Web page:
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DAILY NATION — The head of the US Africa Command on Thursday ordered a new investigation of claims that US troops massacred 10 civilians in an August raid on a farm in central Somalia.

The move by Africom Commander Gen Thomas Waldhauser follows media reports that children were among those killed in an attack based on faulty intelligence.

“Gen Waldhauser referred the matter to the Naval Criminal Investigative Service to ensure a full exploration of the facts given the gravity of the allegations,” Africom said in a statement.

It added that “Africom takes all allegations of misconduct seriously and will leverage the expertise of appropriate organisations to ensure such allegations are fully and impartially investigated.”

Africom had said soon after the August 25 raid that all the dead were “armed enemy combatants.”

A pair of recent reports in the Daily Beast, a New York-based online news site, cited accounts by eyewitnesses and Somali officials of unprovoked killings of farmers in the US raid carried out in conjunction with Somali soldiers.

“These local farmers were attacked by foreign troops while looking after their crops,” Ali Nur Mohamed, deputy governor of the Lower Shabelle region where the attack occurred, had earlier told reporters in Mogadishu.

“The troops could have arrested them because they were unarmed but instead shot them one by one mercilessly,” Mr Mohamed added as 10 corpses were displayed in the Somali capital soon after the raid.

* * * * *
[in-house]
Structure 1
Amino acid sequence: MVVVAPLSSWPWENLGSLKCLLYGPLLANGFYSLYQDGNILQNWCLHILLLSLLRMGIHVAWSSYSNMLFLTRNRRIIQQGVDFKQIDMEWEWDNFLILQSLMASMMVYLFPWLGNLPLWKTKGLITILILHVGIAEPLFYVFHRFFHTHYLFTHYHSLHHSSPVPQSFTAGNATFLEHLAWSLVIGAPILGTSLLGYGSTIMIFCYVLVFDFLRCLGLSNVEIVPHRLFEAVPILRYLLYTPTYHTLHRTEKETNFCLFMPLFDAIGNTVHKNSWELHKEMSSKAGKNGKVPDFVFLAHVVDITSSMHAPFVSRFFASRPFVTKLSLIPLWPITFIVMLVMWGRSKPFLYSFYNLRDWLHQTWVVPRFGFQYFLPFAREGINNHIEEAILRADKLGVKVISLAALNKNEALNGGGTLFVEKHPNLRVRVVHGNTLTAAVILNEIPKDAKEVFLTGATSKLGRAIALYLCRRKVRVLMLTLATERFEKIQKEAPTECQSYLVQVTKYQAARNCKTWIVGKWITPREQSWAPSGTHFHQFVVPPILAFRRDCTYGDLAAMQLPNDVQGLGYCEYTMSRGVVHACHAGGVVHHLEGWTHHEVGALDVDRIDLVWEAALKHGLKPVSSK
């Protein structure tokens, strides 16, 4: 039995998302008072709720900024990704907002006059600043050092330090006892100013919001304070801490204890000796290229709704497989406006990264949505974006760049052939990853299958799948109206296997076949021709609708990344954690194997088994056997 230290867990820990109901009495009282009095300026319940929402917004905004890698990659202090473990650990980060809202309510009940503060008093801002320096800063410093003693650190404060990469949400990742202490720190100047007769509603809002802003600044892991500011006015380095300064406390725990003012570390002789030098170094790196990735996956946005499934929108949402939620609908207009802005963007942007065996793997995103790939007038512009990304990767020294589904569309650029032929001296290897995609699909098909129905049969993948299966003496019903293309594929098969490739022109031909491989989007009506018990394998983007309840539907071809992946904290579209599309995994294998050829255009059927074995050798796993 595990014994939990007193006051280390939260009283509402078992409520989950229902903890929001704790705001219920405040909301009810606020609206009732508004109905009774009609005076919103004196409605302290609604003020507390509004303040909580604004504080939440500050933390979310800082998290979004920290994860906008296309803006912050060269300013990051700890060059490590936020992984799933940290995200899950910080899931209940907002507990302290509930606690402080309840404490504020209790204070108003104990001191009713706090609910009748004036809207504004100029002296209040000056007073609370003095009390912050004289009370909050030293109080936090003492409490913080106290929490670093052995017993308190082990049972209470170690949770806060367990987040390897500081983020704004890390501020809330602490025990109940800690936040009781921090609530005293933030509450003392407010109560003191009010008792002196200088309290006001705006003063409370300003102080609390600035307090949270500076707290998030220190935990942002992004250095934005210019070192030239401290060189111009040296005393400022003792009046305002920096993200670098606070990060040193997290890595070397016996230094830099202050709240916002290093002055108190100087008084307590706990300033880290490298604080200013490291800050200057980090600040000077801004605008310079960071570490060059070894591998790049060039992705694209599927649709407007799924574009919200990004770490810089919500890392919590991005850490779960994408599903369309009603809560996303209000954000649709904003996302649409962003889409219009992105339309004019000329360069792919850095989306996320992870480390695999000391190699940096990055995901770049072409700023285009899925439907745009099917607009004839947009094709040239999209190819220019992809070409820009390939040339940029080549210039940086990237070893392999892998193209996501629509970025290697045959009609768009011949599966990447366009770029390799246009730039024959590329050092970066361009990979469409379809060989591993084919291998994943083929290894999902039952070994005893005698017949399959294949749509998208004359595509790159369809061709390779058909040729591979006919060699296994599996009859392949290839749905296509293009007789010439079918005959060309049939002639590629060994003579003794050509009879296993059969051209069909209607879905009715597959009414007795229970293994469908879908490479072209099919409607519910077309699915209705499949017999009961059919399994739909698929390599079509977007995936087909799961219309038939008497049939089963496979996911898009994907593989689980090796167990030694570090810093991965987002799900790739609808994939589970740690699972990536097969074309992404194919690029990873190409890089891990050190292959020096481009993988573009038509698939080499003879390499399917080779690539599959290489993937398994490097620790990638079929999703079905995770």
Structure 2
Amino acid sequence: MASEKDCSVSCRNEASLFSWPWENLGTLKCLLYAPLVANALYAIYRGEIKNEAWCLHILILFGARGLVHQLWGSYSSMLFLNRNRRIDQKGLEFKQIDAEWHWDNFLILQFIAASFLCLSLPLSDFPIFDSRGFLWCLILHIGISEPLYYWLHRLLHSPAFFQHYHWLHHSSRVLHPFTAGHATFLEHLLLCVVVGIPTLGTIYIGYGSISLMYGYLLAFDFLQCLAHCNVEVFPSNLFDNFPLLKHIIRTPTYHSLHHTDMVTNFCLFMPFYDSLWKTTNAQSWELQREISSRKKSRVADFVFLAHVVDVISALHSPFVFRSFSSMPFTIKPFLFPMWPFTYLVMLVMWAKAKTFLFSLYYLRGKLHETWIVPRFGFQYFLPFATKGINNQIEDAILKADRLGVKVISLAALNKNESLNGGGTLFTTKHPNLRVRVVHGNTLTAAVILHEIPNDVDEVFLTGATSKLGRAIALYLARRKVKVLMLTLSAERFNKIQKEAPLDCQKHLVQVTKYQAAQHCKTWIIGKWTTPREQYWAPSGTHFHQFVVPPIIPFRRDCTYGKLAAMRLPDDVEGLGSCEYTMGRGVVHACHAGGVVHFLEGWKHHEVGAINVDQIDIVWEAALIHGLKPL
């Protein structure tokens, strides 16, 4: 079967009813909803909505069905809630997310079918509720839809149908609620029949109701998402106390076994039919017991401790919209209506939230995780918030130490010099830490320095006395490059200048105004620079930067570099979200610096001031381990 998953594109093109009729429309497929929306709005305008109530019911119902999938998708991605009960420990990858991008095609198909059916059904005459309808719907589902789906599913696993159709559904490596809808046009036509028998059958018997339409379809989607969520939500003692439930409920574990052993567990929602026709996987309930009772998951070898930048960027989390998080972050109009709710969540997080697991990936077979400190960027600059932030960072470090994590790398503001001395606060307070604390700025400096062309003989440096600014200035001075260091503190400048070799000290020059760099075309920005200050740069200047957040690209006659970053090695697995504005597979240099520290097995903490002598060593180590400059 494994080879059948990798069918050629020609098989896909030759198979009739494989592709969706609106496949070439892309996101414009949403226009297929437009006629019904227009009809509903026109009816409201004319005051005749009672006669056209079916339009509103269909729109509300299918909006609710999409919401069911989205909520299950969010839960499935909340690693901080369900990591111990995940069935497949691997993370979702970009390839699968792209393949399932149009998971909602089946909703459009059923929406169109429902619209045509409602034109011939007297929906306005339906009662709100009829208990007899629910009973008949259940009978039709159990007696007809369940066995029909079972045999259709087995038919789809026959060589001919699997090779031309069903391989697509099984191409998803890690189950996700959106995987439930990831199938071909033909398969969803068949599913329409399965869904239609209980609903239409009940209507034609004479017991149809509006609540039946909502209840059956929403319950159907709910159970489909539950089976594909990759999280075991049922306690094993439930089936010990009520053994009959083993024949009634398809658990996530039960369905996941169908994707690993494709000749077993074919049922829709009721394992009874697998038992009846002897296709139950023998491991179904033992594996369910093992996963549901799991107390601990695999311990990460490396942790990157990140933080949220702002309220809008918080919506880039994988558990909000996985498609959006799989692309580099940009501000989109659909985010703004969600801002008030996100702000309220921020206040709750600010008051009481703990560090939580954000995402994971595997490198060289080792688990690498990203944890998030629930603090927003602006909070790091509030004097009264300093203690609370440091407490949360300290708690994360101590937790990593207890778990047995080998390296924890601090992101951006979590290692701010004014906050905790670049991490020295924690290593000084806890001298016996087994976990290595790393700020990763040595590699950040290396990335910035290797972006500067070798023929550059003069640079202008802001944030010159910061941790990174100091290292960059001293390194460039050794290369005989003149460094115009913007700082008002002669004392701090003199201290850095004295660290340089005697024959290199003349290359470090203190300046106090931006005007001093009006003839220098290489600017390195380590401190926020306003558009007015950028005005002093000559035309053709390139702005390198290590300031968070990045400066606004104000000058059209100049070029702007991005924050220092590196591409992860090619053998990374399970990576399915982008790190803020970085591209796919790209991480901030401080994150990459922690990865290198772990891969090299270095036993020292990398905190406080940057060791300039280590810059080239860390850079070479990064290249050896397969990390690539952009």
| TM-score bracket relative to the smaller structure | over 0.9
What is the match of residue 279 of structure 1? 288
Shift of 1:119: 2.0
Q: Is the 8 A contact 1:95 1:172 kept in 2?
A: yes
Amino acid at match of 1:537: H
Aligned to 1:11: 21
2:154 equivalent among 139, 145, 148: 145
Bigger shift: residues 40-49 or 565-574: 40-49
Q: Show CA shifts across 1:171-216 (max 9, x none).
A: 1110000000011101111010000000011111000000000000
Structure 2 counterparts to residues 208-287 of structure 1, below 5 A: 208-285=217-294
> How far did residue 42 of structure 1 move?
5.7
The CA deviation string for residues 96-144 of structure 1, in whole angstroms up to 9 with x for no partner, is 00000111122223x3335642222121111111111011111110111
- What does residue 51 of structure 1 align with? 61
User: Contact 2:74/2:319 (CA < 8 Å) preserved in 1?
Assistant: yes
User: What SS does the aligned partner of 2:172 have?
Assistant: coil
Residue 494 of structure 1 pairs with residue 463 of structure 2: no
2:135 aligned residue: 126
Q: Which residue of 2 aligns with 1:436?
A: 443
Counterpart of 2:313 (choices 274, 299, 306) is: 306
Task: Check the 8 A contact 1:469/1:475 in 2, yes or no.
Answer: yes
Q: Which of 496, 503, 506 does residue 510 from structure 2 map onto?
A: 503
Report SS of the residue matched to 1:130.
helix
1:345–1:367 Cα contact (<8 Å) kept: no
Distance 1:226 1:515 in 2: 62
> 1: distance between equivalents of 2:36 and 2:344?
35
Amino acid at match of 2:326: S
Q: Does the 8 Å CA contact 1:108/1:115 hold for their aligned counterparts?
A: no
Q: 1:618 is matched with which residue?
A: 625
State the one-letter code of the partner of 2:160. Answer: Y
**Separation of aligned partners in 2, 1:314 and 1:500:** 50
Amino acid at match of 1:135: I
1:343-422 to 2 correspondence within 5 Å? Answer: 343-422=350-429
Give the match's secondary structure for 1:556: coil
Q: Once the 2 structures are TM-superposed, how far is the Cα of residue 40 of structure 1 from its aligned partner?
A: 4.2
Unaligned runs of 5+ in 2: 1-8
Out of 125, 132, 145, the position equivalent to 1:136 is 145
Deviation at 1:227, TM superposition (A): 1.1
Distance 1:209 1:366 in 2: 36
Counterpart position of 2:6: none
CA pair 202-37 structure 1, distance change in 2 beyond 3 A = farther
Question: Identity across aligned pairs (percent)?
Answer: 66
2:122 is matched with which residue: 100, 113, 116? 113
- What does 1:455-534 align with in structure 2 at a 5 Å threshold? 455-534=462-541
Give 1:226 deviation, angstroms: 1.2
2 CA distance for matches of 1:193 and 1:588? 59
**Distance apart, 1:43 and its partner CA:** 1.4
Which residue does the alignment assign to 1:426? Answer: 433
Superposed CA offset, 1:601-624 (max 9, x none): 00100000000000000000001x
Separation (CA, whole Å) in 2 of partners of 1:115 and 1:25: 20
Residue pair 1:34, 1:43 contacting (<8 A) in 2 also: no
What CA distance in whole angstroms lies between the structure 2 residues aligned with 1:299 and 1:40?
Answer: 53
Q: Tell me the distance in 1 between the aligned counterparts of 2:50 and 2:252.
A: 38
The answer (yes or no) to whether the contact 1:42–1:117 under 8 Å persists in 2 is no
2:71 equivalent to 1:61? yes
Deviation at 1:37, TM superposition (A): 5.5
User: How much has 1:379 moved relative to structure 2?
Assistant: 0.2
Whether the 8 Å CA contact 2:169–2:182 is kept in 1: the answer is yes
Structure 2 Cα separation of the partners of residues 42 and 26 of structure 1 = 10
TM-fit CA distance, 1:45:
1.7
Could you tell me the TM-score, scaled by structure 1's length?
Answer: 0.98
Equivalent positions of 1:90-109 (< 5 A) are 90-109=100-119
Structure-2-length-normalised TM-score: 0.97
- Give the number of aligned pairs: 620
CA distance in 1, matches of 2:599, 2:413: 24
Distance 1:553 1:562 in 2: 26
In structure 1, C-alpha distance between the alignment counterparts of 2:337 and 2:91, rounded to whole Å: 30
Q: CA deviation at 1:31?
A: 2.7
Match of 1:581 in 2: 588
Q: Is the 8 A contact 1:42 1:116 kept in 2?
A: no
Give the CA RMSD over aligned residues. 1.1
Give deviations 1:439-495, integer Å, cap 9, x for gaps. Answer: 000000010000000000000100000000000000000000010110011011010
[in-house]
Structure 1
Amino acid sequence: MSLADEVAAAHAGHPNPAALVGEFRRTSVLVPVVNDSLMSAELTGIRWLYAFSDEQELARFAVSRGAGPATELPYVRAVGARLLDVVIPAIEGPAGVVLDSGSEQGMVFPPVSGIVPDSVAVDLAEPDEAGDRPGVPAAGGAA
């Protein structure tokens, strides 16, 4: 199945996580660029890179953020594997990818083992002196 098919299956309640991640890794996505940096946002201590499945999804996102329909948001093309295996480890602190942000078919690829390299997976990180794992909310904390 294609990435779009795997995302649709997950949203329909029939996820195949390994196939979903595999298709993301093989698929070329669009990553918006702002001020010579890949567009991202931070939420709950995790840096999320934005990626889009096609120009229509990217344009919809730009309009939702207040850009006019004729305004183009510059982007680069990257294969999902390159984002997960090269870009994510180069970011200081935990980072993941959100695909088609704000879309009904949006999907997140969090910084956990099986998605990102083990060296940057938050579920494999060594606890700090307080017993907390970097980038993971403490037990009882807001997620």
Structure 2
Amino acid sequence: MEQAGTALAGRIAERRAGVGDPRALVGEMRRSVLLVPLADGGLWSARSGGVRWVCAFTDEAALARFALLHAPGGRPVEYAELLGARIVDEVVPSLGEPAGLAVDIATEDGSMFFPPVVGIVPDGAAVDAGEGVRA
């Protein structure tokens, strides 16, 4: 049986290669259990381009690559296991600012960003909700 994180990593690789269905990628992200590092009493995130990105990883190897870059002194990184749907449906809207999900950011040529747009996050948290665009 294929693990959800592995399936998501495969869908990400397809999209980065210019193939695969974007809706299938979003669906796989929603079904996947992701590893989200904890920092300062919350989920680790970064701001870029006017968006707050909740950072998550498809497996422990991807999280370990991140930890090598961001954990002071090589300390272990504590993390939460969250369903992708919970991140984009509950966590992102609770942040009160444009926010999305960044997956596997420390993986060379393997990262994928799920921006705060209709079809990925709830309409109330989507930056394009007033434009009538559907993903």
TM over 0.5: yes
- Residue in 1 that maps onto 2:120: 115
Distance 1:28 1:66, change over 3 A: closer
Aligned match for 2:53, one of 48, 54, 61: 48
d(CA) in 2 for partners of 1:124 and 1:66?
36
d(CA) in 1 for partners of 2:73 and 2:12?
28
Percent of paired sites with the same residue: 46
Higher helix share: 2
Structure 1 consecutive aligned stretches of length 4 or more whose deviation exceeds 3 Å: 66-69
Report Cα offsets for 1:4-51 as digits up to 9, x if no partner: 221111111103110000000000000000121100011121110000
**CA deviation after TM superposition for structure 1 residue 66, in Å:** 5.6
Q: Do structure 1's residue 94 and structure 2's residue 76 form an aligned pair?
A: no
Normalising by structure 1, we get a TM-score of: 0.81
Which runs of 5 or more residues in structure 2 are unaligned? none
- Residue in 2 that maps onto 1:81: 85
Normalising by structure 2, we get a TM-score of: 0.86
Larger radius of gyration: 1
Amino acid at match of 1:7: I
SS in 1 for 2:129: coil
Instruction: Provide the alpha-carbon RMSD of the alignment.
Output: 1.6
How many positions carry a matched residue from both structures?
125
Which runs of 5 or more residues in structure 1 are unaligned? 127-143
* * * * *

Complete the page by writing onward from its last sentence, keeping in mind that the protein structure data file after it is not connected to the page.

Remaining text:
Africom’s acknowledgment that further investigation is warranted comes at a time of growing and shifting US involvement in the war against Al-Shabaab.

STRIKES

Defence Department officials have presented President Trump with a plan for less restrictive US military operations in Somalia during the next two years, the New York Times reported on December 10.

The proposed initiative would give greater discretion to US field commanders in launching strikes and rescind the State Department’s ability to pause offensive military operations in response to perceived problems, the Times said.

US forces have carried out about 30 airstrikes so far this year in Somalia — twice as many as in 2016. More than 500 US soldiers have also been dispatched to Somalia to assist in the fight against Shabaab.

Conversely, Washington is simultaneously suspending food and fuel payments to most units of the Somalia National Army (SNA) due to concerns over rampant corruption, Reuters reported on Thursday.

Only those SNA units mentored by US instructors will continue to receive the stipends, the report said.